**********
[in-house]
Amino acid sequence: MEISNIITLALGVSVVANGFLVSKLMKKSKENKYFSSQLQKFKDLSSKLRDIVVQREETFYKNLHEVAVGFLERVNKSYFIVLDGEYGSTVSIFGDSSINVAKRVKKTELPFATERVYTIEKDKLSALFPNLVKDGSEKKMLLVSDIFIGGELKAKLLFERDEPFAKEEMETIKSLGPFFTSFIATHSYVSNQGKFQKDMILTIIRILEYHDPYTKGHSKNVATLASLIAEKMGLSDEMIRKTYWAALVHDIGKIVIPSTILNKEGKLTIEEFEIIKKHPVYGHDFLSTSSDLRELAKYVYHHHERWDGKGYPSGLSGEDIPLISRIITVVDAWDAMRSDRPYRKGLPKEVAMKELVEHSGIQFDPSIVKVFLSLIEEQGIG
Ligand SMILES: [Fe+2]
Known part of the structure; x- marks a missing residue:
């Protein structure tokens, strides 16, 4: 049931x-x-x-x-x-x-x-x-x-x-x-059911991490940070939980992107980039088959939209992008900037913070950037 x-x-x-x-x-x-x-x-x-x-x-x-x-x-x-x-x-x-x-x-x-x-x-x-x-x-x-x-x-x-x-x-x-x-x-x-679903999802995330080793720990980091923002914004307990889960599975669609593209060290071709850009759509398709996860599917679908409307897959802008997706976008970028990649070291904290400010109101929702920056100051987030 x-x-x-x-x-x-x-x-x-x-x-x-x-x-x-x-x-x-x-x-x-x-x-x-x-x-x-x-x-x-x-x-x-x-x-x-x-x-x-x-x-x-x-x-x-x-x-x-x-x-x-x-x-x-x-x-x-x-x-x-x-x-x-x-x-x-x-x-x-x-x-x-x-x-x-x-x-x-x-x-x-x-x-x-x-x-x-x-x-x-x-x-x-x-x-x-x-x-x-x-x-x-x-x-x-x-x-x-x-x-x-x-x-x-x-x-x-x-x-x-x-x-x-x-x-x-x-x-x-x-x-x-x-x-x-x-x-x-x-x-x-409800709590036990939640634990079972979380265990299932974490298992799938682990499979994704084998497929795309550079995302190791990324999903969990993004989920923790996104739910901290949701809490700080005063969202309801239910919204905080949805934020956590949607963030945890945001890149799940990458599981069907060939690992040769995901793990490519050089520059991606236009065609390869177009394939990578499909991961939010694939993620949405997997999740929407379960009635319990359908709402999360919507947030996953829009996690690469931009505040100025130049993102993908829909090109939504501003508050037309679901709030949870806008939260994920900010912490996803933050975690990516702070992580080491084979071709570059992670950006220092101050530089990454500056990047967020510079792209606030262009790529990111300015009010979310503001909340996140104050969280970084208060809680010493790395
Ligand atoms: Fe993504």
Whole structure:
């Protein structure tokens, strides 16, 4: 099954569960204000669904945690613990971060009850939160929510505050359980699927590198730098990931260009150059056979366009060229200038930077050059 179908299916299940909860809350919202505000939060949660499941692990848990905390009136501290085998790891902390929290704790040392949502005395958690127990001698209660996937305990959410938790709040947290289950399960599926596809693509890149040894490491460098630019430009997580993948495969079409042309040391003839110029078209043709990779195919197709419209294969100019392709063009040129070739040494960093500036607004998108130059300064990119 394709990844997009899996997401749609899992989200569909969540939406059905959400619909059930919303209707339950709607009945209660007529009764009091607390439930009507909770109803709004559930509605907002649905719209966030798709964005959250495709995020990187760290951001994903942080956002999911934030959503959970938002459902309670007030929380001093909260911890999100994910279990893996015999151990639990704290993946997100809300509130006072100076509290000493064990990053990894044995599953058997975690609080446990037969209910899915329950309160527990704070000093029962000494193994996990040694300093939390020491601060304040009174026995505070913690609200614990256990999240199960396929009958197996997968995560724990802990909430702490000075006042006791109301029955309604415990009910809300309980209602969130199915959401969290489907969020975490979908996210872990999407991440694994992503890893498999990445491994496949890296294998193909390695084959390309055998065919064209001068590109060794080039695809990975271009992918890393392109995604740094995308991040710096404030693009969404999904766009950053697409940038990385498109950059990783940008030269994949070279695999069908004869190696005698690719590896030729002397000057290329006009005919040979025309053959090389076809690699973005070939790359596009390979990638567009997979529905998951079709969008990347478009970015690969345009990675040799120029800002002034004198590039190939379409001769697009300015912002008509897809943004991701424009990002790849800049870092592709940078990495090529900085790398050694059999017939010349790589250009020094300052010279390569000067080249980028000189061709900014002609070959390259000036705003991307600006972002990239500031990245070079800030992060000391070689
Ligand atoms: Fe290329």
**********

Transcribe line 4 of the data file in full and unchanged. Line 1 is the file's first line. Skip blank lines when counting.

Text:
Known part of the structure; x- marks a missing residue: